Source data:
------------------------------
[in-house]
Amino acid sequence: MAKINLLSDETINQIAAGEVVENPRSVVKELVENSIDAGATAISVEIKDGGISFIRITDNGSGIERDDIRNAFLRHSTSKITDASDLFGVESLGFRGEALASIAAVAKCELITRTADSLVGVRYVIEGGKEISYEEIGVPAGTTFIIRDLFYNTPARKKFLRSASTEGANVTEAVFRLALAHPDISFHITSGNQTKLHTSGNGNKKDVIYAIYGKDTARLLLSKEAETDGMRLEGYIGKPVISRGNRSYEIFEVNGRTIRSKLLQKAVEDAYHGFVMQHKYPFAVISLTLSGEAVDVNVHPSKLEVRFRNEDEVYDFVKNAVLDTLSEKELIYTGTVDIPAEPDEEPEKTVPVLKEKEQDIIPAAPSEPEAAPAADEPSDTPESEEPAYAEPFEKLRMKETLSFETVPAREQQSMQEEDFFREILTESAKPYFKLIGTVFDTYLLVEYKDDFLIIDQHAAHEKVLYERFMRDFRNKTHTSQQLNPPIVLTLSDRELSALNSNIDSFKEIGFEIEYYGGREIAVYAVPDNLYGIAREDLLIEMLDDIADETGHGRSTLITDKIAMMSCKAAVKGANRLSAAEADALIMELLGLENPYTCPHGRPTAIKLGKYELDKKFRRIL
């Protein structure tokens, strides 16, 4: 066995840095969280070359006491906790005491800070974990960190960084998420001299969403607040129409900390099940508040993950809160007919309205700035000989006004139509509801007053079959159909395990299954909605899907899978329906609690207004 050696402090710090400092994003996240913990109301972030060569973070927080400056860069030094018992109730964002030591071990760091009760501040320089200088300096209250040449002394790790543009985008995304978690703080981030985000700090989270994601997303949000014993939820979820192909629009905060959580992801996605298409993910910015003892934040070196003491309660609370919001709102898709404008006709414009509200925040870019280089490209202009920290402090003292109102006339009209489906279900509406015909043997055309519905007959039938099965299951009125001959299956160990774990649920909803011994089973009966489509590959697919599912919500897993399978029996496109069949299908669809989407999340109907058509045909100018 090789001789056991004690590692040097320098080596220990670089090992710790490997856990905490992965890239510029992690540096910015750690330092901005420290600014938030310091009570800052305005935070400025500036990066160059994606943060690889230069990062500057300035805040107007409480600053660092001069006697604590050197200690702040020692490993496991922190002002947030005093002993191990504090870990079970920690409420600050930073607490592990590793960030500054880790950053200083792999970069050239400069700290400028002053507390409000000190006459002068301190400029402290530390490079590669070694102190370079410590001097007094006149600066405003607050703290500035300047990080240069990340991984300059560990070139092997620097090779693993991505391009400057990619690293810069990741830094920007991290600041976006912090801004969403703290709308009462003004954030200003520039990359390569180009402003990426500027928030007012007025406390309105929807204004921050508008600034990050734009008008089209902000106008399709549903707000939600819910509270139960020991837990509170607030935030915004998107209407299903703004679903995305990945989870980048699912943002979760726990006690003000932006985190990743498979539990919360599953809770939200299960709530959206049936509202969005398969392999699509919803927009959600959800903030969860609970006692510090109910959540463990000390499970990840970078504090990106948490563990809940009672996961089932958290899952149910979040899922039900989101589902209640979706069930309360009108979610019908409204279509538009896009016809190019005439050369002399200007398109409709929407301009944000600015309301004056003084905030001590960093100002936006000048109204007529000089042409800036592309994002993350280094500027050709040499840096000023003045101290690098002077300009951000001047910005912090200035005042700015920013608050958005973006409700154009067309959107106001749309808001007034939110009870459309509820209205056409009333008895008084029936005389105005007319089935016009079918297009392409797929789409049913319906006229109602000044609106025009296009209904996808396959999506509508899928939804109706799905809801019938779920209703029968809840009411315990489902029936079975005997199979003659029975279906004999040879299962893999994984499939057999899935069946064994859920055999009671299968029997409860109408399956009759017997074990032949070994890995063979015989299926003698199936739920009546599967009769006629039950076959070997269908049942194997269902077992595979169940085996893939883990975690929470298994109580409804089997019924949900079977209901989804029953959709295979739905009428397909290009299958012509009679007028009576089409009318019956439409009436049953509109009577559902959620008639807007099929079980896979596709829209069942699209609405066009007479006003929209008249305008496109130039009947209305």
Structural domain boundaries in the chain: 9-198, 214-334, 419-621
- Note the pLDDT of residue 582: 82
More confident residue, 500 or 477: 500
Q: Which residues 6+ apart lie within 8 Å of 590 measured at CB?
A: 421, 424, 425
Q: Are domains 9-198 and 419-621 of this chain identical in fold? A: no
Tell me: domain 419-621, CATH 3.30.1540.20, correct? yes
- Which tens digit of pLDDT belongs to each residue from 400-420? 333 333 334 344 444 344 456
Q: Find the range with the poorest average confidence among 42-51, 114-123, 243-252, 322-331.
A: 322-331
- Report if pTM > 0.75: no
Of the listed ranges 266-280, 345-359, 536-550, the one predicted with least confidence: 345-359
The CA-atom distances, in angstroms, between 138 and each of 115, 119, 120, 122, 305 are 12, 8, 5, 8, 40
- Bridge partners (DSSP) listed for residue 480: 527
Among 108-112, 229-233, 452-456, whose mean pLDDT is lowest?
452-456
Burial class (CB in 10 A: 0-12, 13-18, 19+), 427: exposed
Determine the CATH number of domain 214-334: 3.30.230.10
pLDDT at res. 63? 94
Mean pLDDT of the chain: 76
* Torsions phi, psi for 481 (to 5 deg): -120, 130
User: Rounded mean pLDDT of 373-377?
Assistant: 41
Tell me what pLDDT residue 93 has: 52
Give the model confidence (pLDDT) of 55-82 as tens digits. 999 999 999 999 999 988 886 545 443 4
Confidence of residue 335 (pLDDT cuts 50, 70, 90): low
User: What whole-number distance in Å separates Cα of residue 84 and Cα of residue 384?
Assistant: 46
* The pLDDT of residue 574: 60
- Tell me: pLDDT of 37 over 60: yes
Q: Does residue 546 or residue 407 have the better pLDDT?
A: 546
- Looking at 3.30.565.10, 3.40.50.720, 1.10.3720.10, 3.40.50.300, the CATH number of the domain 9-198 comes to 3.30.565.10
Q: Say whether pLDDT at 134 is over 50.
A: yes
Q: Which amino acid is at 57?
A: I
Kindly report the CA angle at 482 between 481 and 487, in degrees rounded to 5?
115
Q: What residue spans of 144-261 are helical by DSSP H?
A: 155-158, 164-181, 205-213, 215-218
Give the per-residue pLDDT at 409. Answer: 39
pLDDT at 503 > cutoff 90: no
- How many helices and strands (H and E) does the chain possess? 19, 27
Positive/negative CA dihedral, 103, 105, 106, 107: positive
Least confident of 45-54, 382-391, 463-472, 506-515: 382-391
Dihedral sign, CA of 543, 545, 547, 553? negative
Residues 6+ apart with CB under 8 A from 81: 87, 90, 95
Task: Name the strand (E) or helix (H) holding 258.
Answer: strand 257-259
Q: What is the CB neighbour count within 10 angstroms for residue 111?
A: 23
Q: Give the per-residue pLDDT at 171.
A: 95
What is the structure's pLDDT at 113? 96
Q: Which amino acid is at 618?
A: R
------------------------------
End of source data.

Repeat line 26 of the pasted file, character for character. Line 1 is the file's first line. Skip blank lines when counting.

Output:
Assistant: 41